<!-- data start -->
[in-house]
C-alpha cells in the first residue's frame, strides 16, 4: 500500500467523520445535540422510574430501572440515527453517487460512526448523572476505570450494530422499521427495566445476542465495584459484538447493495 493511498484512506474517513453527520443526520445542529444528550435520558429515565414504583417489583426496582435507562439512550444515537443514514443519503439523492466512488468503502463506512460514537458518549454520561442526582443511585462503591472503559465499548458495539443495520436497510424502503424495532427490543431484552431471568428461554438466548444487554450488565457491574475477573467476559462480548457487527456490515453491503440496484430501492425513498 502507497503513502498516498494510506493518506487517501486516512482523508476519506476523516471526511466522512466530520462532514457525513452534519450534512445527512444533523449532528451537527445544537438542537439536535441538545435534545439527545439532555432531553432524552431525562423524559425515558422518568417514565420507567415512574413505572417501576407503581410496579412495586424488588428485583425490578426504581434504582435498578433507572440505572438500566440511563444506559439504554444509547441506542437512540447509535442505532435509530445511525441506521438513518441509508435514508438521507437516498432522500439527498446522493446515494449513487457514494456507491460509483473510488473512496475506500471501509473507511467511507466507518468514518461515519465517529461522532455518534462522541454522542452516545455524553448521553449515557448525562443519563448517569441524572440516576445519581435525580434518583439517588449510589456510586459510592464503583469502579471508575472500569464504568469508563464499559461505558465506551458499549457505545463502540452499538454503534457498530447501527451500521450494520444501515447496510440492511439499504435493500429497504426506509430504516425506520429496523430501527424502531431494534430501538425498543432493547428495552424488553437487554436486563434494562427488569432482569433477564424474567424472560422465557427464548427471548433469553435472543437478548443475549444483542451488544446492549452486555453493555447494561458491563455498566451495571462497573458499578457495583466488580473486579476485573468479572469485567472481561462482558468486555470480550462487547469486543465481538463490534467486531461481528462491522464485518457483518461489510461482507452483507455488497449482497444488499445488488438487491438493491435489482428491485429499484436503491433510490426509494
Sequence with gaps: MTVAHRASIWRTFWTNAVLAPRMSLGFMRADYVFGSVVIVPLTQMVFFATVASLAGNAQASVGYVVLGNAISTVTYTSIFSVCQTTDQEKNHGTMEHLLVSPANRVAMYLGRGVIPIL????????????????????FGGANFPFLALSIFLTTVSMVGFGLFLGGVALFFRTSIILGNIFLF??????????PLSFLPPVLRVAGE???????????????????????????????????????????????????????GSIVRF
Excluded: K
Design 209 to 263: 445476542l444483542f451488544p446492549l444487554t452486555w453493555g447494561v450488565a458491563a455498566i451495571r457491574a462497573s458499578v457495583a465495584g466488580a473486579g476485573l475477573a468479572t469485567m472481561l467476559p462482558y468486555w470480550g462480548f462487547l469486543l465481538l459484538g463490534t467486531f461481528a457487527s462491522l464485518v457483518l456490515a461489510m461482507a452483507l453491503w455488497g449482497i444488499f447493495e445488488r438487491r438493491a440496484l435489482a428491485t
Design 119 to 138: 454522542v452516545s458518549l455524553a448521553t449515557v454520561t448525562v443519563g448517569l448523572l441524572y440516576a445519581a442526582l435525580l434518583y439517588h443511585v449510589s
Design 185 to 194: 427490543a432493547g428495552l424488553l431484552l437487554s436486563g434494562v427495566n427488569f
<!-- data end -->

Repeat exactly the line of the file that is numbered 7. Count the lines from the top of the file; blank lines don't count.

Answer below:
Design 185 to 194: 427490543a432493547g428495552l424488553l431484552l437487554s436486563g434494562v427495566n427488569f